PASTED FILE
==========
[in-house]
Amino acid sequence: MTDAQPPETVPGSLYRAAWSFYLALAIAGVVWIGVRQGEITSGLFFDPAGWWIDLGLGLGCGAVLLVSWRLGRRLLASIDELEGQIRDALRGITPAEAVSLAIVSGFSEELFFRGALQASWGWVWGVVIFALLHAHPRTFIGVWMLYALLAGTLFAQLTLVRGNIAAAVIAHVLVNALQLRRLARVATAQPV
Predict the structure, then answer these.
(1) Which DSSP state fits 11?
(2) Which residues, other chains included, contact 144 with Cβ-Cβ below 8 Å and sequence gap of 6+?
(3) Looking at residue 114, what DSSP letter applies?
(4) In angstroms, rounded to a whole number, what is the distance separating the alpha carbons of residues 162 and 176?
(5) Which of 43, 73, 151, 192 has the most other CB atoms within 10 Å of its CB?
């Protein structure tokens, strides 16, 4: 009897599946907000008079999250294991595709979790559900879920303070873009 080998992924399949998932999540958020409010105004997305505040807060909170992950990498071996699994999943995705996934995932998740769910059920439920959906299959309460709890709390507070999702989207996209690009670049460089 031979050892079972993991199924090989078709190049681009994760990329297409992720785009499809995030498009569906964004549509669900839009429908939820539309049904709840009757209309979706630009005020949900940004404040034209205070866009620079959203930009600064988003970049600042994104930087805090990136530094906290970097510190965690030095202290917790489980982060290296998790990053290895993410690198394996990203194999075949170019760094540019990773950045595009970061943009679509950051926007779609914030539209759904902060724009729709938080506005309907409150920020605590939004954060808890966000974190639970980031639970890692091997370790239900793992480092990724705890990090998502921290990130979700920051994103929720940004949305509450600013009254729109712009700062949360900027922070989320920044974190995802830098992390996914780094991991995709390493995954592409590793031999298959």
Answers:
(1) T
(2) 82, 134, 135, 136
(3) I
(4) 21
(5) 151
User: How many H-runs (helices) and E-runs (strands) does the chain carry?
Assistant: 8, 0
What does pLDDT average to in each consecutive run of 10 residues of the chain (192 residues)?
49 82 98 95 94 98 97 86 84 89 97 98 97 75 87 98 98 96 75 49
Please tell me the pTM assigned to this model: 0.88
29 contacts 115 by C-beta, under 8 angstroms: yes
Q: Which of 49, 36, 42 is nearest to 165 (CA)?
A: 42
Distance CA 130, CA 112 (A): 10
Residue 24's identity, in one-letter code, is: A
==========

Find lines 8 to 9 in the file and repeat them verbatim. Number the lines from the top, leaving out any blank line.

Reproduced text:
(5) Which of 43, 73, 151, 192 has the most other CB atoms within 10 Å of its CB?
């Protein structure tokens, strides 16, 4: 009897599946907000008079999250294991595709979790559900879920303070873009 080998992924399949998932999540958020409010105004997305505040807060909170992950990498071996699994999943995705996934995932998740769910059920439920959906299959309460709890709390507070999702989207996209690009670049460089 031979050892079972993991199924090989078709190049681009994760990329297409992720785009499809995030498009569906964004549509669900839009429908939820539309049904709840009757209309979706630009005020949900940004404040034209205070866009620079959203930009600064988003970049600042994104930087805090990136530094906290970097510190965690030095202290917790489980982060290296998790990053290895993410690198394996990203194999075949170019760094540019990773950045595009970061943009679509950051926007779609914030539209759904902060724009729709938080506005309907409150920020605590939004954060808890966000974190639970980031639970890692091997370790239900793992480092990724705890990090998502921290990130979700920051994103929720940004949305509450600013009254729109712009700062949360900027922070989320920044974190995802830098992390996914780094991991995709390493995954592409590793031999298959």